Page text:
Assertiveness Training Practice Guidelines
by
Mary M Buxton LCSW, Inc.

Assertiveness Training Bibliography
Mary M Buxton LCSW, Inc.

  1. When I Say No, I Feel Guilty; Manuel Smith, Ph.D.
  2. Self Assertion For Women: A Guide To Becoming Androgynous; Pamela Butler
  3. The Assertive Woman; N. Austin & J. Phelps
  4. You Can If You Want To; Lazarus and Faye
  5. Your Perfect Right; Alberti & Emmons

Before We Begin…
Assertiveness training is based on a two-level approach.  There is a set of new verbal skills to learn as well as a new philosophy or way of thinking about situations to adopt. The verbal skills are presented in the training. It is important to get lots of practice in safe situations in order to learn them.  The new philosophy is presented in the Bill of Assertive Rights on the next page. Taking a second look at this list can help you feel more comfortable as you try out your new assertiveness skills.

The practice guidelines that follow are intended as a trigger to refresh your memory of what was taught in the training. This model of assertiveness training is based on the work of Dr. Manuel Smith, author of, When I Say No, I Feel Guilty.  His book is recommended as a supplement to this training. Please note that there is also a book list on the last page of this packet.

A BILL OF ASSERTIVE RIGHTS

  1. You have the right to judge your own behavior, thoughts, and emotions, and to take the responsibility for the initiation and consequences upon yourself.
  2. You have the right to offer no reasons or excuses for justifying your behavior.
  3. You have the right to judge if you are responsible for finding solutions to other people's problems.
  4. You have the right to change your mind.
  5. You have the right to make mistakes-and be responsible for them.
  6. You have the right to say, “I don't know.”
  7. You have the right to be independent of the goodwill of others before coping with them.
  8. You have the right to be illogical in making decisions.
  9. You have the right to say, “I don't Understand.”
  10. You have the right to say, “I don't care.”

 YOU HAVE THE RIGHT TO SAY NO, WITHOUT FEELING GUILTY

Taken from: When I Say No, I Feel Guilty, by Manuel Smith

I.  BACK TO BASICS: Communication Styles

There are four different styles of communicating with others that are important to understand and identify before learning assertiveness skills. The reason for this is that being able to label what is going on in your communication with others gives you some perspective and may help you decide what to do differently. Here they are:

  1. Passive - This type of communication is characterized by a low-energy level. The body posture may include lowered eyelids and little or no eye contact. The tone of voice is usually quiet and the person may seem to lack an air of confidence. Beware of sudden explosions when this person realizes he/she has let himself/herself be pushed too far for too long. Normally, the passive person may respond to your questions with “I don't know (sigh),” “I’ll do whatever you want to do,” “It doesn't matter.”  You may find yourself feeling guilty at getting your own way so often, or feeling very burdened and responsible for all of the decisions.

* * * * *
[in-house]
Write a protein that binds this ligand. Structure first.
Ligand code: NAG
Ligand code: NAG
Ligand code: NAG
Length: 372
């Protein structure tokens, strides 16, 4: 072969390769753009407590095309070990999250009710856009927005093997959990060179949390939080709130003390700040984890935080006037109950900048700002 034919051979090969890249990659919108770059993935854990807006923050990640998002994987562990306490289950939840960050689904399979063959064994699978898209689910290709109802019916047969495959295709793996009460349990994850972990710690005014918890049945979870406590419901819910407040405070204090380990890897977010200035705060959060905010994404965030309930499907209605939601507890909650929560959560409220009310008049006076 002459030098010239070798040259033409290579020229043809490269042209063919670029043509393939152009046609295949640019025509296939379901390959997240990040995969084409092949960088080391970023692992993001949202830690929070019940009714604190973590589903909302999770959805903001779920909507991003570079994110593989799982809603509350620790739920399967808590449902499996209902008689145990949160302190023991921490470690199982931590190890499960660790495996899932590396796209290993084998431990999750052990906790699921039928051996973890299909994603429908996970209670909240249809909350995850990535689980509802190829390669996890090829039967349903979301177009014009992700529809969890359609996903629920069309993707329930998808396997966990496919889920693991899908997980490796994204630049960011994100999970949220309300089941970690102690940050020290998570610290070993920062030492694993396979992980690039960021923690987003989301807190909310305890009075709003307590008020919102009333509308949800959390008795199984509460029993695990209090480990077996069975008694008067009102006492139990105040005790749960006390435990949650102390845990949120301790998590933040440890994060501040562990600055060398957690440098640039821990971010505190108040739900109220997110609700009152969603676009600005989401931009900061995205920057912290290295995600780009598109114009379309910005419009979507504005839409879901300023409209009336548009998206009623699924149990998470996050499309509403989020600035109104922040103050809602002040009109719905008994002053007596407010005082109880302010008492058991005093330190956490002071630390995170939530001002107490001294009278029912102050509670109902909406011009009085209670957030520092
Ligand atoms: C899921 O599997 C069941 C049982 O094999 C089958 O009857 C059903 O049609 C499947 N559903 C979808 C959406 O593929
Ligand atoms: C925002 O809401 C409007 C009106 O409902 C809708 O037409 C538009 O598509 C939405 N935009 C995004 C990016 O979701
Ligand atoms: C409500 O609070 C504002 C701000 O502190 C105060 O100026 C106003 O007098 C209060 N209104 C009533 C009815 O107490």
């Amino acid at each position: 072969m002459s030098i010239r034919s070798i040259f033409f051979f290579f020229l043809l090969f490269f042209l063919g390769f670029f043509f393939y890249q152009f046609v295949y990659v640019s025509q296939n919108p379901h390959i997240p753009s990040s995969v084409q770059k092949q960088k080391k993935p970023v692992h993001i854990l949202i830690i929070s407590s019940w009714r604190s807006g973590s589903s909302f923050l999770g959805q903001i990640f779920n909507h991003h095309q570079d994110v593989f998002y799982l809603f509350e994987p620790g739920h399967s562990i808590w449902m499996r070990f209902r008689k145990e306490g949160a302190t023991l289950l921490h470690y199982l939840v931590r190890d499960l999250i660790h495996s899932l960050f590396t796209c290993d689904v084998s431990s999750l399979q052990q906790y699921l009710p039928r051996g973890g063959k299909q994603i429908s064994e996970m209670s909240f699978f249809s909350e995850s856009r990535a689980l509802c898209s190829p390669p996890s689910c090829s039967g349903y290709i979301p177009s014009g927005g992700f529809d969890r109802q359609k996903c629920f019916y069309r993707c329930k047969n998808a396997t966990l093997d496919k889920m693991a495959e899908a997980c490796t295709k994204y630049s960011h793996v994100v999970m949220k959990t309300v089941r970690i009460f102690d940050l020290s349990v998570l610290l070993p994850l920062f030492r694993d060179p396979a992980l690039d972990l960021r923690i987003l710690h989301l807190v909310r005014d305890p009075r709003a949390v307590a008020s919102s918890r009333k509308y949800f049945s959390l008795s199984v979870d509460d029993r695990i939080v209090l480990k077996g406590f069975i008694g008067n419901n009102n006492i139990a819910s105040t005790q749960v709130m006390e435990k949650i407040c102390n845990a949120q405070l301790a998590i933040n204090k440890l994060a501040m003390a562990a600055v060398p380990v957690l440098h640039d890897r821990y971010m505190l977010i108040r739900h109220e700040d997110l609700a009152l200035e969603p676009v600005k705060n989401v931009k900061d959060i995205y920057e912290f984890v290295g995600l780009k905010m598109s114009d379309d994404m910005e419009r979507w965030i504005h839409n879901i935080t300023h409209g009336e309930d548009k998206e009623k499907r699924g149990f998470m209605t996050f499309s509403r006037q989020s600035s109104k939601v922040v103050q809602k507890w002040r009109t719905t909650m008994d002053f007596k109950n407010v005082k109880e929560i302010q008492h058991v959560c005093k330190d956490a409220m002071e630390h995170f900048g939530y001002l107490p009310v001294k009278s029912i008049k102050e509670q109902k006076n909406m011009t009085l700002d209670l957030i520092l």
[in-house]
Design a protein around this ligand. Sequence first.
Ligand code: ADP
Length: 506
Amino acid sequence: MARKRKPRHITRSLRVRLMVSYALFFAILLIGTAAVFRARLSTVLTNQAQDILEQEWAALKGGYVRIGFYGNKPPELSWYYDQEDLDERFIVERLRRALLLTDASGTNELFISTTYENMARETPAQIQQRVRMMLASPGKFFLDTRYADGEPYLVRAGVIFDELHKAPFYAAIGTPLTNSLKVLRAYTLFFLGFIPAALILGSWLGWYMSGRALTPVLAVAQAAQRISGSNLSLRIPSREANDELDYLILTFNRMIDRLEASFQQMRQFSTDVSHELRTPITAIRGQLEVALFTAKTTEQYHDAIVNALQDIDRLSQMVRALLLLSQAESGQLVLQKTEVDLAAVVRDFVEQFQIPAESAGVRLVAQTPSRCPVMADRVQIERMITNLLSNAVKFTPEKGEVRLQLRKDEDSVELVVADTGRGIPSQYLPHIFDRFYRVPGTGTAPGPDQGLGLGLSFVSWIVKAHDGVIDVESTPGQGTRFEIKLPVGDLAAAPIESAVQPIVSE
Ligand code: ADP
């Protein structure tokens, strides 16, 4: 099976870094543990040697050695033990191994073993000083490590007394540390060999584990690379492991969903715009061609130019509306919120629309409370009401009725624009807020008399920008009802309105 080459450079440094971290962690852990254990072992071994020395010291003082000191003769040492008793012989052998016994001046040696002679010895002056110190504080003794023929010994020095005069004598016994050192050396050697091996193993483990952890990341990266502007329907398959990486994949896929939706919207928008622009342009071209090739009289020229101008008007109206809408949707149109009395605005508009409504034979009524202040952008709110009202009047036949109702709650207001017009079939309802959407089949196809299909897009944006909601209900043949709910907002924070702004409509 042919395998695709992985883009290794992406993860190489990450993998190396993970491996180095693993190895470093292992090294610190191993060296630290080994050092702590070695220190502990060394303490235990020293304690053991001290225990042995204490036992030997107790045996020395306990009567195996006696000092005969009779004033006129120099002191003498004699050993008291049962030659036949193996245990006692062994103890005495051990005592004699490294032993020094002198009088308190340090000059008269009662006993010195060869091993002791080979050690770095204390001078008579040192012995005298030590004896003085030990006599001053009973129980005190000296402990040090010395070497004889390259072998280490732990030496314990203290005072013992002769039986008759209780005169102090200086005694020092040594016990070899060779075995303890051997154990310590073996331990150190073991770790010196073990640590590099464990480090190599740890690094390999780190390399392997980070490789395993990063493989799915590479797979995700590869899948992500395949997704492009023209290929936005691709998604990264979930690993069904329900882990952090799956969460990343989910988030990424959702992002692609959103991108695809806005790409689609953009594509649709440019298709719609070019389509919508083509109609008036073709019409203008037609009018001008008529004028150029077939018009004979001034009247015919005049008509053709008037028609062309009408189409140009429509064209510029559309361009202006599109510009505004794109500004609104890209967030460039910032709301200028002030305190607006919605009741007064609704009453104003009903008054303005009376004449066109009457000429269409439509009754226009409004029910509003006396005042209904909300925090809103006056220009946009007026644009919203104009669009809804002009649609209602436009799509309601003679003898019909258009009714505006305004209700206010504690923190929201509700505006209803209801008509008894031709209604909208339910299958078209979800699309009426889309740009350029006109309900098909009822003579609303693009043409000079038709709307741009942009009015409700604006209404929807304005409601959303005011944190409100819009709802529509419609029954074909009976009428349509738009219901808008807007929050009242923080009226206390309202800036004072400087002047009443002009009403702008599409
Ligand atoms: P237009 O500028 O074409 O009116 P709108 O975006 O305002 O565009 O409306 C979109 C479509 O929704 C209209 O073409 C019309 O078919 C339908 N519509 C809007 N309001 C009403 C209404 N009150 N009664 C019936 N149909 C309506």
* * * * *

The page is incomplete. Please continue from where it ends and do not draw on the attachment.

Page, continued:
2. Aggressive - This communication style is characterized by a high output of energy. The body posture may have an overbearing quality to it. This person may physically lean into the conversation. A loud tone of voice, and direct, glaring eye contact may season your conversation. The aggressive person may interrupt and often will not ask for your ideas or opinions. You may feel timid and helpless when in a discussion with an aggressive person. If you find yourself holding back on expressing yourself because you don't feel safe doing so, check to see if your friend fits the aggressive type.
     
  3. Passive-Aggressive - This type of communication is characterized by indirectness. The body posture may include any stance that could be described as nice, quiet, or sly. This is a very destructive communication style and it's often hard to identify. One indicator is sarcasm, which often leaves you confused about which was the real message ... the funny one or the serious comment. Sarcasm is a safe way to express anger because it catches the other person off guard. Another indicator of passive-aggressive communication is the mixed message. "I love your skirt, it hides your big hips." On hearing that statement you usually end up smiling on the outside and crying on the inside. So if you find yourself confused, insecure or resentful, check to see if your companion fits the passive-aggressive label.
     
  4. Assertive - Assertive communication is characterized by a direct, straightforward approach to others. The body stance is strong and flexible. It includes eye contact and a confident tone of voice. This person expresses himself/herself, listens, and does not always get what she/he wants. An assertive person is aware that a workable compromise or a win-win solution will be the best result for both in the long run. Saying yes and no, knowing what you want, and setting realistic limits are taking responsibility. Being in the company of an assertive person may seem threatening at first, and it can work out to be a satisfying way of communicating. (Please note that there is a difference between aggressive and assertive behavior!)